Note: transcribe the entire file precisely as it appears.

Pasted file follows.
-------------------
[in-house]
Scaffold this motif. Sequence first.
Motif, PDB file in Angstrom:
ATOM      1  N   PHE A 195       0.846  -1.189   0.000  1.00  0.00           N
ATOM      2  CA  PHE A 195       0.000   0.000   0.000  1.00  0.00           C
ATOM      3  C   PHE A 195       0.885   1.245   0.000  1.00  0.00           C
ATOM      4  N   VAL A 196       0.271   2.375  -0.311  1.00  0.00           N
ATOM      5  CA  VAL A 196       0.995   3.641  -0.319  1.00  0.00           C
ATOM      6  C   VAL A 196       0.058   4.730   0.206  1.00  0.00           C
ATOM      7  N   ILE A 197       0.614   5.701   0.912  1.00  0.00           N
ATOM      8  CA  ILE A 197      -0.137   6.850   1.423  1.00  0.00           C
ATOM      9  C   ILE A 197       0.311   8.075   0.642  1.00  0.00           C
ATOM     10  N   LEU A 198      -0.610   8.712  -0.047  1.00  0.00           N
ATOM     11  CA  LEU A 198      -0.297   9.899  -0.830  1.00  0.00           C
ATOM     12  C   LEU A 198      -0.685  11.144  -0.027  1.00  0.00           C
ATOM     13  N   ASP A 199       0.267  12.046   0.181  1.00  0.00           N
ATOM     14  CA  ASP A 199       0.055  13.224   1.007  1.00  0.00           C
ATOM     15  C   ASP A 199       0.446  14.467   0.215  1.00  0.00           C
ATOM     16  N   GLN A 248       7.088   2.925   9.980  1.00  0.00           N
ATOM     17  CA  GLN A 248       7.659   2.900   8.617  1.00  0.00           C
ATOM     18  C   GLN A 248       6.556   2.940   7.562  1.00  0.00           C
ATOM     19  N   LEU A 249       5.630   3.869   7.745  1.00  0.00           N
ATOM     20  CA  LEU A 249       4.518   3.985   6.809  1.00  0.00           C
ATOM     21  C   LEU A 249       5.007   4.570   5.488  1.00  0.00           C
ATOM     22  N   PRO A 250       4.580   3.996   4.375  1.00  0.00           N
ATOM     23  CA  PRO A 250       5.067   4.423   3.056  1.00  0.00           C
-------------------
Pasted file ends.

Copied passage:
[in-house]
Scaffold this motif. Sequence first.
Motif, PDB file in Angstrom:
ATOM      1  N   PHE A 195       0.846  -1.189   0.000  1.00  0.00           N
ATOM      2  CA  PHE A 195       0.000   0.000   0.000  1.00  0.00           C
ATOM      3  C   PHE A 195       0.885   1.245   0.000  1.00  0.00           C
ATOM      4  N   VAL A 196       0.271   2.375  -0.311  1.00  0.00           N
ATOM      5  CA  VAL A 196       0.995   3.641  -0.319  1.00  0.00           C
ATOM      6  C   VAL A 196       0.058   4.730   0.206  1.00  0.00           C
ATOM      7  N   ILE A 197       0.614   5.701   0.912  1.00  0.00           N
ATOM      8  CA  ILE A 197      -0.137   6.850   1.423  1.00  0.00           C
ATOM      9  C   ILE A 197       0.311   8.075   0.642  1.00  0.00           C
ATOM     10  N   LEU A 198      -0.610   8.712  -0.047  1.00  0.00           N
ATOM     11  CA  LEU A 198      -0.297   9.899  -0.830  1.00  0.00           C
ATOM     12  C   LEU A 198      -0.685  11.144  -0.027  1.00  0.00           C
ATOM     13  N   ASP A 199       0.267  12.046   0.181  1.00  0.00           N
ATOM     14  CA  ASP A 199       0.055  13.224   1.007  1.00  0.00           C
ATOM     15  C   ASP A 199       0.446  14.467   0.215  1.00  0.00           C
ATOM     16  N   GLN A 248       7.088   2.925   9.980  1.00  0.00           N
ATOM     17  CA  GLN A 248       7.659   2.900   8.617  1.00  0.00           C
ATOM     18  C   GLN A 248       6.556   2.940   7.562  1.00  0.00           C
ATOM     19  N   LEU A 249       5.630   3.869   7.745  1.00  0.00           N
ATOM     20  CA  LEU A 249       4.518   3.985   6.809  1.00  0.00           C
ATOM     21  C   LEU A 249       5.007   4.570   5.488  1.00  0.00           C
ATOM     22  N   PRO A 250       4.580   3.996   4.375  1.00  0.00           N
ATOM     23  CA  PRO A 250       5.067   4.423   3.056  1.00  0.00           C